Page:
The Canadian media theorist Marshall McLuhan said that the medium is the message. I’m not really sure what it means but it seems a suitably pretentious way to start a column about the condition of pretentiousness; that is, the state of being up one’s self, a show pony, a poseur.
The particular class of poseurs I would like to discuss today belong to a group called the Friends of the ABC. I used to live among their number while a resident of the People’s Republic of Leichhardt, in Sydney’s groovy and organic inner west. It’s a terrific part of Australia, marred only by the presence of an old Volvo on every street bearing bumper stickers saying “No Aircraft Noise”, “The Goddess is Dancing” and “Hands off our ABC.” So that people didn’t think less of me, at neighbourhood barbecues I would tell folks that I worked in a laboratory rubbing cheap cosmetics into the eyes of bunny rabbits, rather than admitting to editing The Daily Telegraph.
You can understand why people don’t like aircraft noise and support dancing goddesses but I am buggered if I can see why people will develop an impassioned lifelong commitment to an organisation which like any organisation does some things extremely well and some things really badly.
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There is a punchy two-word response to claims from the sporting community about the multi-million dollar losses they will sustain if the Federal Government presses ahead with measures to tackle gambling addiction. Sucked in.
For sheer intellectual laziness and candid self-interest, documents don’t get much worse than the formal submission by the South Australian National Football League to the parliamentary inquiry on gaming reform.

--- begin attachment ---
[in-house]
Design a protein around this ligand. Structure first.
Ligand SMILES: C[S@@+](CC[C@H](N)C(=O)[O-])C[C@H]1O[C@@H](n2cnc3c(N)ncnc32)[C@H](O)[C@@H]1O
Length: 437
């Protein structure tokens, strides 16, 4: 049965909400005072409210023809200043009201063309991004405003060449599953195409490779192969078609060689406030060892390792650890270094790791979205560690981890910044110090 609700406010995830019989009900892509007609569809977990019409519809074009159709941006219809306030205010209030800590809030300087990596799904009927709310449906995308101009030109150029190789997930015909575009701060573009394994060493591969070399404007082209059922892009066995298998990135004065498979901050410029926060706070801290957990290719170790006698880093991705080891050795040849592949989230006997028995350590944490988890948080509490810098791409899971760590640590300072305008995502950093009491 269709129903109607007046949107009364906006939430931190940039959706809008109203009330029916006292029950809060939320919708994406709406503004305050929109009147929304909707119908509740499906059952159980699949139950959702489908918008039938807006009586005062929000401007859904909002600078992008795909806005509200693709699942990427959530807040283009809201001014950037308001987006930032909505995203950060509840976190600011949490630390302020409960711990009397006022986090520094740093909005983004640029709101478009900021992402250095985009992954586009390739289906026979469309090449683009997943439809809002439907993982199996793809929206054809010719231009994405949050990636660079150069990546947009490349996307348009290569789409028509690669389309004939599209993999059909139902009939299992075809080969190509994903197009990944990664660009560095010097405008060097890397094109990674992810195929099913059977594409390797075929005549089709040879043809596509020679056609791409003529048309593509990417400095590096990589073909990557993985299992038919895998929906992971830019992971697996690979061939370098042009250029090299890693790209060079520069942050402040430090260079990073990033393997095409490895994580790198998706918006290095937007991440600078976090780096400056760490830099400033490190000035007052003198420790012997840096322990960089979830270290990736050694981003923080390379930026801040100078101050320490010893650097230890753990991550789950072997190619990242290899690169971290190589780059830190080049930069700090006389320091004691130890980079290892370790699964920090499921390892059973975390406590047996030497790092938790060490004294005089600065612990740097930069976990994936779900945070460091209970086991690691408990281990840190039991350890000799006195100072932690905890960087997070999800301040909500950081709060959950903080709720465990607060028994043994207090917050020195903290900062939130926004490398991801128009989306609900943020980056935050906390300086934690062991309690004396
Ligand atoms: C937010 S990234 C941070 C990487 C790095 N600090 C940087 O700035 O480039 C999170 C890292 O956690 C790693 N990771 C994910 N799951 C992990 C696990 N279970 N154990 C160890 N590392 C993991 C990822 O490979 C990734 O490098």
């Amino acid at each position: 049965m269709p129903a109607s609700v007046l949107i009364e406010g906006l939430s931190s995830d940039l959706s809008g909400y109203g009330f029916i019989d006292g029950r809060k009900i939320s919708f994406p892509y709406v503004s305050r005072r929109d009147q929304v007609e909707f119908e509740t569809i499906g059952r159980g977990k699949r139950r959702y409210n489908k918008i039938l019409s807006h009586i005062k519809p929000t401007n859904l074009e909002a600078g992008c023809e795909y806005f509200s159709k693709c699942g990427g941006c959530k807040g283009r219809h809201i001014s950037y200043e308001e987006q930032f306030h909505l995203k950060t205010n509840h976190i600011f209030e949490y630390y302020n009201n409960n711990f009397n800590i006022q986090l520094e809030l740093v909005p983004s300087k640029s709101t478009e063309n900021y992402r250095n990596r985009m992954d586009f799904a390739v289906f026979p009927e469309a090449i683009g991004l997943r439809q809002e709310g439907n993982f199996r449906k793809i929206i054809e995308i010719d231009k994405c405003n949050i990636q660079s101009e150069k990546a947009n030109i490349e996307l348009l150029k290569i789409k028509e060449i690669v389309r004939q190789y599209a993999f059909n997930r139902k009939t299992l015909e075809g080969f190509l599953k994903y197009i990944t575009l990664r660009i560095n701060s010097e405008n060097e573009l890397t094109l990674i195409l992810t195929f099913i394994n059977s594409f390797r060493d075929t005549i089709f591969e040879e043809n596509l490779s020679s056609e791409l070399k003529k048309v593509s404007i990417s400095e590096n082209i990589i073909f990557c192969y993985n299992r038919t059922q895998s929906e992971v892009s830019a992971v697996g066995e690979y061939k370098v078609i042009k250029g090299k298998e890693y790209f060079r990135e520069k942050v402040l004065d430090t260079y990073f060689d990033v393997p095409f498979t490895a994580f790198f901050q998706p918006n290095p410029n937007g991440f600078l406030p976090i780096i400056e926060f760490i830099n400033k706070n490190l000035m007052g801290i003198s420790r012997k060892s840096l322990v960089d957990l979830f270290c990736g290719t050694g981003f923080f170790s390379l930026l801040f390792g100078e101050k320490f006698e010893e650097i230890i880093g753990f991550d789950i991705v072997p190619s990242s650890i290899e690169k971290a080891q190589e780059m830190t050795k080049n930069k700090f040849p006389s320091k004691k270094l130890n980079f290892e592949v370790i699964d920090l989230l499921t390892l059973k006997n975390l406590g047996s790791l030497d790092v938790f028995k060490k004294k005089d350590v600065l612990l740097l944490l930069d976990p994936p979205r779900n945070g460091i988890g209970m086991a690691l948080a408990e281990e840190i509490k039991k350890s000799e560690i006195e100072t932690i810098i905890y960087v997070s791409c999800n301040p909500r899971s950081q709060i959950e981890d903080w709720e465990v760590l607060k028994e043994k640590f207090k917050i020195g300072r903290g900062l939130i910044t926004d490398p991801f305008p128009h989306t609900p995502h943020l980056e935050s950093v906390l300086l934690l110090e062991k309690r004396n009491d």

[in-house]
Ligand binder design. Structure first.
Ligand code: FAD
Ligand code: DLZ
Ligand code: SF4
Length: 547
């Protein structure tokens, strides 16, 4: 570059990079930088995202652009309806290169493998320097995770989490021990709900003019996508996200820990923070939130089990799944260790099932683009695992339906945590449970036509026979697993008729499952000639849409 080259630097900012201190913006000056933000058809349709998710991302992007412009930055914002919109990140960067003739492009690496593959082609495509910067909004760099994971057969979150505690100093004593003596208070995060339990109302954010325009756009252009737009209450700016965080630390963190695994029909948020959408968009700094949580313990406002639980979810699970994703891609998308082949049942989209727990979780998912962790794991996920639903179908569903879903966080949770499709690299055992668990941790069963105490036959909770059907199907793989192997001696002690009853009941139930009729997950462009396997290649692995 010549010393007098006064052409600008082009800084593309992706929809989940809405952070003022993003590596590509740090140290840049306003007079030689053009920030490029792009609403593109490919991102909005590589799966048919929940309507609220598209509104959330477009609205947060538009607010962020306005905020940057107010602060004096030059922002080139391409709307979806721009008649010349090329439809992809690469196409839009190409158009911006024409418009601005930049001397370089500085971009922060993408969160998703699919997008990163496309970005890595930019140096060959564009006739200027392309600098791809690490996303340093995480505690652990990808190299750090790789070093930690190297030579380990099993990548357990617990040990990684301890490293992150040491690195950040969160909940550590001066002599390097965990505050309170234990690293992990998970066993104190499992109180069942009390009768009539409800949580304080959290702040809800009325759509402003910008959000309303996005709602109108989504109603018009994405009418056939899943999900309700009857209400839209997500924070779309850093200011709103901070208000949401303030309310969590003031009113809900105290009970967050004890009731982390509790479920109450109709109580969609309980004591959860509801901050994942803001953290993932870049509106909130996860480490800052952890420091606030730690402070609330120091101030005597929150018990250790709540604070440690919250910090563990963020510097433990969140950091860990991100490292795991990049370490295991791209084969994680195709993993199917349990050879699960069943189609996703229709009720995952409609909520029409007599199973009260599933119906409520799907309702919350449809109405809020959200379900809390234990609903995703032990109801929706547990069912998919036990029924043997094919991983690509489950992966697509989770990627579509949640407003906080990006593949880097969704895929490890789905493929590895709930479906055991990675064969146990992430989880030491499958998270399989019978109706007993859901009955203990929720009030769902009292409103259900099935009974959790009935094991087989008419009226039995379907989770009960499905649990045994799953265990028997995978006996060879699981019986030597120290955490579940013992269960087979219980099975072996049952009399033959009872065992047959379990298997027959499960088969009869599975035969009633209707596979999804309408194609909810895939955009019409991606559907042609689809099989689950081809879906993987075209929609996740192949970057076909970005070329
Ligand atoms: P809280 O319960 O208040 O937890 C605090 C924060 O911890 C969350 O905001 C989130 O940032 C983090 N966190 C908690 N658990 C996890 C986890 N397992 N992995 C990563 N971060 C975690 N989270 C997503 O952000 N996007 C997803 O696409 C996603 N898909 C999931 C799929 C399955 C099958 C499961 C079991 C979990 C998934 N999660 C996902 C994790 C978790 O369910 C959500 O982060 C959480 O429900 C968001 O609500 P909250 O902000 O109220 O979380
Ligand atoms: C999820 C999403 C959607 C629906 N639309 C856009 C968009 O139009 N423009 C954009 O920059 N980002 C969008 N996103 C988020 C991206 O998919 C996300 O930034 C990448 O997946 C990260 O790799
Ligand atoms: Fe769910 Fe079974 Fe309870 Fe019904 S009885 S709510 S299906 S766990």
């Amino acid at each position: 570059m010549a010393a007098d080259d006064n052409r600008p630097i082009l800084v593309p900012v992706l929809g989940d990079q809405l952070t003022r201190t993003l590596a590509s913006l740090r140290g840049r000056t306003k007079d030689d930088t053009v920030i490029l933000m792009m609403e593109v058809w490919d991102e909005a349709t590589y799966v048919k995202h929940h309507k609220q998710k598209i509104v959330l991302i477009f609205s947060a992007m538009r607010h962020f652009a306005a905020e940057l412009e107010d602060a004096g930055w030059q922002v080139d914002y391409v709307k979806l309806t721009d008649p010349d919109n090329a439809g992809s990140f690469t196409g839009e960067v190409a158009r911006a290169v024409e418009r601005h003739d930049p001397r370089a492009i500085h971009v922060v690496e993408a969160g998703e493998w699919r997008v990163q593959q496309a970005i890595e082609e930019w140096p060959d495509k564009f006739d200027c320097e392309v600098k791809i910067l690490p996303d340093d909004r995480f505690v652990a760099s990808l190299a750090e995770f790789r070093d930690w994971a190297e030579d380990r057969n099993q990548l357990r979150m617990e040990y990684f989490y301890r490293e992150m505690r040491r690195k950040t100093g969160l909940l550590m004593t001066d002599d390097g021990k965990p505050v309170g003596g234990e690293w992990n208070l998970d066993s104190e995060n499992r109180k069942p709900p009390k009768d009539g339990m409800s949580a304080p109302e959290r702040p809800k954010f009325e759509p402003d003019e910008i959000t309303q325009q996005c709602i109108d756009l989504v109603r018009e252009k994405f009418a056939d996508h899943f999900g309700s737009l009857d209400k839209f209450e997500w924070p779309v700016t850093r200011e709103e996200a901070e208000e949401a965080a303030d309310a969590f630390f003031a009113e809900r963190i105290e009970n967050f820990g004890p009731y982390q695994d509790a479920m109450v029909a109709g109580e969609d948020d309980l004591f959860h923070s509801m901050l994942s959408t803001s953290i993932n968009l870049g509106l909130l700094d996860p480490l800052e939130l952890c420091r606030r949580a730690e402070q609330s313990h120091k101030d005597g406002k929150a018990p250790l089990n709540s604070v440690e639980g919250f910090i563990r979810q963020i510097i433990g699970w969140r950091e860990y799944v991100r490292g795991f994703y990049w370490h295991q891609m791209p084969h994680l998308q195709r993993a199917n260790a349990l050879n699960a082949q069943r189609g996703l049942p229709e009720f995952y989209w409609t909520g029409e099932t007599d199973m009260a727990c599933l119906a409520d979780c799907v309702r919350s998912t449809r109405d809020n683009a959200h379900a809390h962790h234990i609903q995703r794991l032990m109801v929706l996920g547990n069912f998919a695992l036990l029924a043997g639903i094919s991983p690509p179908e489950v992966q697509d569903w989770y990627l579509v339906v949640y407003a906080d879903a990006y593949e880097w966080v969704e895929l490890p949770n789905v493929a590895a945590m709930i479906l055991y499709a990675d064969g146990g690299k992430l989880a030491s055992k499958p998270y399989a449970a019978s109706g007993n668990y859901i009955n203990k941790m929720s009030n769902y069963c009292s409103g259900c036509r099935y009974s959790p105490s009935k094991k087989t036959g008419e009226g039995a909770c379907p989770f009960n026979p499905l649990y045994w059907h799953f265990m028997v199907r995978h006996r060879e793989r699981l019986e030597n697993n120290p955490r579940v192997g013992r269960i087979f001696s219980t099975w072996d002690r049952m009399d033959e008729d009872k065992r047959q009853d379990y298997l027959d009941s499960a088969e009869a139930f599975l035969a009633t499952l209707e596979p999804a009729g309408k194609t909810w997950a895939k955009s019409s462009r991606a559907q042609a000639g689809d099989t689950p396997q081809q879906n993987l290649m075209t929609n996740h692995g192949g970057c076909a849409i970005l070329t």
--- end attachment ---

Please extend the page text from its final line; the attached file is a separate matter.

Summarised, the SANFL argues that the measures to reduce problem gambling will cost the State’s football clubs $7 million a year. The document is framed around inertia in that it argues for the status quo, rejecting all measures such as compelling gamblers to register with clubs before they spend money on poker machines, and to specify how much money they want to spend if they choose to do so.
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It’s about time I came clean. Some 31 years ago I masterminded an elaborate swindle involving the starving kiddies of Africa and some of my closest family and friends where I fraudulently solicited $17 by falsely claiming to have completed the World Vision 40-Hour Famine.
In truth I only completed some four hours of the famine which, from memory, started just after breakfast on a Saturday morning, and immediately fell apart shortly afterwards at the Unley Oval, home ground of Adelaide’s Sturt Football Club.
I wrongly told Dad and Uncle Bruce that I had to go to the merchandise caravan to buy another badge for my duffle coat (with Phil 16 Heinrich stitched on the back in blue letters) but snuck off instead to the rear of what is now the Jack Oatey Stand where they used to make the greatest steak sandwiches in recorded human history.
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